Destination: Bethlehem (Palestine)

Church of the Nativity
For a post-Christmas treat, I thought I would share my trip to Bethlehem last October. As part of a theology class at Notre Dame, we traveled to Israel to 1) explore Christian-Jewish relations in the post-Vatican II world; 2) probe Israeli-Palestinian relations; and 3) pilgrimage/sightsee.

Our hearty crew consisted of 8 theology students, 2 film majors, and our fearless leaders Prof. Todd Walatka and graduate student Hannah. The photos aren't the greatest quality, as I relied on my Blackberry back then, but enjoy nonetheless.

Birthplace of Jesus

Our guide went into some detail, explaining the history of Jesus' birth and verifying the exact location the event. He chided us Westerners for our naive Nativity sets, making the birth appear as if it was in a barn. Instead, he explained, Mary and Joseph would have taken refuge in a cave commonly used by shepherds if the inns had indeed been all full. 

When the empress Helena roamed through the Holy Land from 326-328, she built many churches on top of the sites important to Christianity. Though many of this were destroyed through the years, new churches were usually built on top. Thus, the guide felt confident that the Church of the Nativity did, in fact, mark the actual spot of Jesus' miraculous birth. The picture at the top of the post shows the front of the church, which was both impressive and decrepit at the same time.

Spot that tradition says Jesus was born. A similar marking a few meters away show where he was (traditionally) placed in the manger. This was in a preserved cave beneath the Church of the Nativity.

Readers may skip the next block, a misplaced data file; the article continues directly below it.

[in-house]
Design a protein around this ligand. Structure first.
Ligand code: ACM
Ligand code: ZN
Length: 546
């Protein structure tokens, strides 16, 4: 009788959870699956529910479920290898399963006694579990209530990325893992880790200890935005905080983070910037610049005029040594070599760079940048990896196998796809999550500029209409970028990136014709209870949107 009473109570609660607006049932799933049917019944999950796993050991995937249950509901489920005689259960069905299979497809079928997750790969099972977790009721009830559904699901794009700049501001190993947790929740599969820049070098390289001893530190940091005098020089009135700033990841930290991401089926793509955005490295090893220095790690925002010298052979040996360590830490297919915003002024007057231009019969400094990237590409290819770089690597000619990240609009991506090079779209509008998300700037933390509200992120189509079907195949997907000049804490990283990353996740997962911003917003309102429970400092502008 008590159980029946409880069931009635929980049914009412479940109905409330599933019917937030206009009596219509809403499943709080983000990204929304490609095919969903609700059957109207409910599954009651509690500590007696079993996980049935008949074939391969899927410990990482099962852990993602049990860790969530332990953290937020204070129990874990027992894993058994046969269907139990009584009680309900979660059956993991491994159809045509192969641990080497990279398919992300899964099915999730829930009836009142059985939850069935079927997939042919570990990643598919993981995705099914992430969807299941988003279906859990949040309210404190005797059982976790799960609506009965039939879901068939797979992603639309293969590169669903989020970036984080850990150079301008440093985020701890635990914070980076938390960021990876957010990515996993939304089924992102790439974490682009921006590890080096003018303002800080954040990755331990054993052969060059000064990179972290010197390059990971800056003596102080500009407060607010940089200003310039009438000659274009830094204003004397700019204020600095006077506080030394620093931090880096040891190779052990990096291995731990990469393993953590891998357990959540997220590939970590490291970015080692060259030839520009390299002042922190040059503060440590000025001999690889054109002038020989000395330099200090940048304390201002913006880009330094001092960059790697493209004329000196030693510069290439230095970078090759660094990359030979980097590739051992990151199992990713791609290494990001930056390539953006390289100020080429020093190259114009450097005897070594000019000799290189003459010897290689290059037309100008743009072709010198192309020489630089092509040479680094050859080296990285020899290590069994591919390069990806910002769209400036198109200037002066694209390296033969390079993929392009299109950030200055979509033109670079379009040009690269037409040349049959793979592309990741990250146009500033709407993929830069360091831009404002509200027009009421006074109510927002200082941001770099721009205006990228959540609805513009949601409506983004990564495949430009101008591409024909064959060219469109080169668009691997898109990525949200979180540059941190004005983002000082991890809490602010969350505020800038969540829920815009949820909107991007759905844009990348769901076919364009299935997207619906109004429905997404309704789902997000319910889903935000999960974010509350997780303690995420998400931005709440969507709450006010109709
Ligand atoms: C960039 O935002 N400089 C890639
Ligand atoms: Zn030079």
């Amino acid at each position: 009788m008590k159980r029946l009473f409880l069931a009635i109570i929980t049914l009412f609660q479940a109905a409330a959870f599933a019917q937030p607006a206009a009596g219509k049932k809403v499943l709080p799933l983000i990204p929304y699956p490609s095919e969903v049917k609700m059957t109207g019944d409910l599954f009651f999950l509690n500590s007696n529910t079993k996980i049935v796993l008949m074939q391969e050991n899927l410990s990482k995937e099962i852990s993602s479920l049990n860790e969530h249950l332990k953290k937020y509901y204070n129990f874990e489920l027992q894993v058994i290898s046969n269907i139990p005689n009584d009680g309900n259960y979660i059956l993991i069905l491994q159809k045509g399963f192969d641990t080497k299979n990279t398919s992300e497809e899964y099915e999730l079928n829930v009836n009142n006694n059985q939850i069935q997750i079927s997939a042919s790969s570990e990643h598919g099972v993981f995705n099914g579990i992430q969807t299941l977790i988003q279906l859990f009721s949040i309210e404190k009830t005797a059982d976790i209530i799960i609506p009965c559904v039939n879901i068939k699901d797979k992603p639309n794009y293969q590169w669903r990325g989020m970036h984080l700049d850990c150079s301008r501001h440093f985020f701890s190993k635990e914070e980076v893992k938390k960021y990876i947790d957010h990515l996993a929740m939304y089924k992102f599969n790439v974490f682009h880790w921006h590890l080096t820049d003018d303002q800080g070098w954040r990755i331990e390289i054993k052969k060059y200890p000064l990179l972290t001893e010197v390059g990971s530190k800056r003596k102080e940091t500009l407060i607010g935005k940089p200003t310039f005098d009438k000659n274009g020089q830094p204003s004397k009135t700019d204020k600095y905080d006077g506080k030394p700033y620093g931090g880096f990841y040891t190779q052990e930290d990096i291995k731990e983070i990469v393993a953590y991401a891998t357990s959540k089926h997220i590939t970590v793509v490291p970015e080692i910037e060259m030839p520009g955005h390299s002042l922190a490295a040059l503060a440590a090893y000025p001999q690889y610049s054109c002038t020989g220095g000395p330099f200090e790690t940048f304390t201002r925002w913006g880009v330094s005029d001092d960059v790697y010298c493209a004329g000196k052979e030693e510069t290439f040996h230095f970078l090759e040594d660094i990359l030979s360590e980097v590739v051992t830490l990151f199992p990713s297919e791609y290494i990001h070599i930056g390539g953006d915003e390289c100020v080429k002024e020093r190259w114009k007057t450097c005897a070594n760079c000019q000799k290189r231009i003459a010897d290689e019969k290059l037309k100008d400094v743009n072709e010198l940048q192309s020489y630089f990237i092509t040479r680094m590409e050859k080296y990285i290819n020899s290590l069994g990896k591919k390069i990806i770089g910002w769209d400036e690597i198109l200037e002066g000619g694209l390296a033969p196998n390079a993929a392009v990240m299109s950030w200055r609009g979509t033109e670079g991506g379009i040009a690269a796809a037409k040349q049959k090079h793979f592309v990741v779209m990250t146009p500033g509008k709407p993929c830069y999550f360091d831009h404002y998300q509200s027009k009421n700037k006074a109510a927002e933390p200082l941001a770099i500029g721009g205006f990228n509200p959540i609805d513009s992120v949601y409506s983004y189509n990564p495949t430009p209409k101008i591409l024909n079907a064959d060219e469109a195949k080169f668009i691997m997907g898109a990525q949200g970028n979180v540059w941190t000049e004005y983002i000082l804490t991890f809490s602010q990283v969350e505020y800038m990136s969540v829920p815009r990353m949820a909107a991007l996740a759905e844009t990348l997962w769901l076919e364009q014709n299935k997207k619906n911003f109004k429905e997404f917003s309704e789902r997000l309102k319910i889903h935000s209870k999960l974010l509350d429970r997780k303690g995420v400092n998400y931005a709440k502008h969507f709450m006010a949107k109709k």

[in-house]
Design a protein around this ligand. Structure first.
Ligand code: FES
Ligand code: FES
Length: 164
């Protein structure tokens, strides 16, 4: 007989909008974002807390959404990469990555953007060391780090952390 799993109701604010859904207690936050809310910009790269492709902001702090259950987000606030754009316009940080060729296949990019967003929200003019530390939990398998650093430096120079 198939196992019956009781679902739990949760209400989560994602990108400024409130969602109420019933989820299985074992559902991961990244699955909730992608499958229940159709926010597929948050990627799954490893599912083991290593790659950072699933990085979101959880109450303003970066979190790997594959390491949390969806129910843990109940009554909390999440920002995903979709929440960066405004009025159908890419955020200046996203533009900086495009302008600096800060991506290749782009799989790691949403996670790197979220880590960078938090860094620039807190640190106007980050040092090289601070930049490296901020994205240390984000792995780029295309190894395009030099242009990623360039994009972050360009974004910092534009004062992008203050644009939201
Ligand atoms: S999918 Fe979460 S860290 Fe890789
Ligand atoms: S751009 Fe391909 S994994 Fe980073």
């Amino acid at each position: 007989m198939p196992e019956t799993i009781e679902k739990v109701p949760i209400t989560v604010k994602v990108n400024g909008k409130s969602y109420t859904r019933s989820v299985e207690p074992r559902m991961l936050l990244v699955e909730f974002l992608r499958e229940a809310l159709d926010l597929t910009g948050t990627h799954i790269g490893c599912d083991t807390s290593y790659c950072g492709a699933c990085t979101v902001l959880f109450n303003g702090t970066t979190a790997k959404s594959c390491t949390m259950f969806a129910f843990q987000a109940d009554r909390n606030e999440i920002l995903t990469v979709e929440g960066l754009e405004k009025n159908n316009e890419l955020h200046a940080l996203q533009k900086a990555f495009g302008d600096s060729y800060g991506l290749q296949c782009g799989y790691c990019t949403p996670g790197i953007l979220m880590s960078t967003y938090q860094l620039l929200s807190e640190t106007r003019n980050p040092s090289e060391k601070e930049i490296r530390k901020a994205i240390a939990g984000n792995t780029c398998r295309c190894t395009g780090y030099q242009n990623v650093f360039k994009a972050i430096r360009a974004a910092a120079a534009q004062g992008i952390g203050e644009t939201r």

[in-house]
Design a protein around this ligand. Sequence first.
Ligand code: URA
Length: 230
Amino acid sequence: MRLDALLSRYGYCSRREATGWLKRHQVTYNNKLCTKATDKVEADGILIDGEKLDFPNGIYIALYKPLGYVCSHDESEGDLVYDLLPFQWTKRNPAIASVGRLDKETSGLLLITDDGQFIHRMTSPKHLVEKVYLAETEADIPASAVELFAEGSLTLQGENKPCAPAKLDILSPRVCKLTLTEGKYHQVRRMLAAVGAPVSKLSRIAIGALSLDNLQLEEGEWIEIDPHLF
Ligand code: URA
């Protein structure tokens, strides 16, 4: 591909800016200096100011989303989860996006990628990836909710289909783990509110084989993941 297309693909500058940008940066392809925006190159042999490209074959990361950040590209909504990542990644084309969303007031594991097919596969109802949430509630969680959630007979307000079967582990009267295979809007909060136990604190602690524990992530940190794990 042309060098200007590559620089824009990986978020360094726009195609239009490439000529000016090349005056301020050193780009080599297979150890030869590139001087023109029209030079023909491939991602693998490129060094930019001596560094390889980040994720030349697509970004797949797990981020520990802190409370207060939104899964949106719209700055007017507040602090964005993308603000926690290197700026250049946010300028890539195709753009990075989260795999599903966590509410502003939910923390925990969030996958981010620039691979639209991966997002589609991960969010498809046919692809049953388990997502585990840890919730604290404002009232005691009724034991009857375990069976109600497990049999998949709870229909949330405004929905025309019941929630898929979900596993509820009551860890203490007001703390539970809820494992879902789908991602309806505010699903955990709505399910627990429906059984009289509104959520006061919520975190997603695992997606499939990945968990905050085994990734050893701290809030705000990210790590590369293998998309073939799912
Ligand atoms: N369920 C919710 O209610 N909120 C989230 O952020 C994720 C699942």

Church of Saint Catherine, next door to the Church of the Nativity
Chapel in St. Jerome's cave (where he translated the Bible into Latin). Located just next to the Church of the Saint Catherine
The Shepherds' Fields and Grotto

The traditional place where the angels spoke to the shepherds, heralding the birth of Jesus, the Shepherds' Fields were a nice break from the tourist crowds around the Church of the Nativity. Our guide told us that there are three potential sites for this event, which we could mostly see from this vantage point up on the hill. An extensive cave system was being excavated, evidence of the sleeping quarters that the shepherds would use. The church commemorating the site was quite lovely as well.

The Wall

Today is not the day to engage in any Israeli-Palestinian debate. However, the wall is a very significant feature in this, and we spent some time walking along it (and going through customs through part of it).

The most striking and fascinating aspect for me was the graffiti. Most of it had writings in English and other images that would be very familiar to Western audiences. Our guide noted multiple times that Banksy, perhaps the most well-known graffiti artist today, visits the wall every now and then to illustrate his views on Palestinian suffering (the tour guide's words).

Locally known as the Separation fence or the Separation barrier, the Wall that separates Israel from Palestine illustrates the strain of relations between the two peoples

UN refugee camp. It was not in very good shape physically, and had evolved into its own little community over the years

It was an amazing trip on many levels, and our trip over to Bethlehem was definitely a highlight. Being able to connect Bible stories with actual places really elevates the level at which one can understand the history of these narratives.

Falafel, absolutely delicious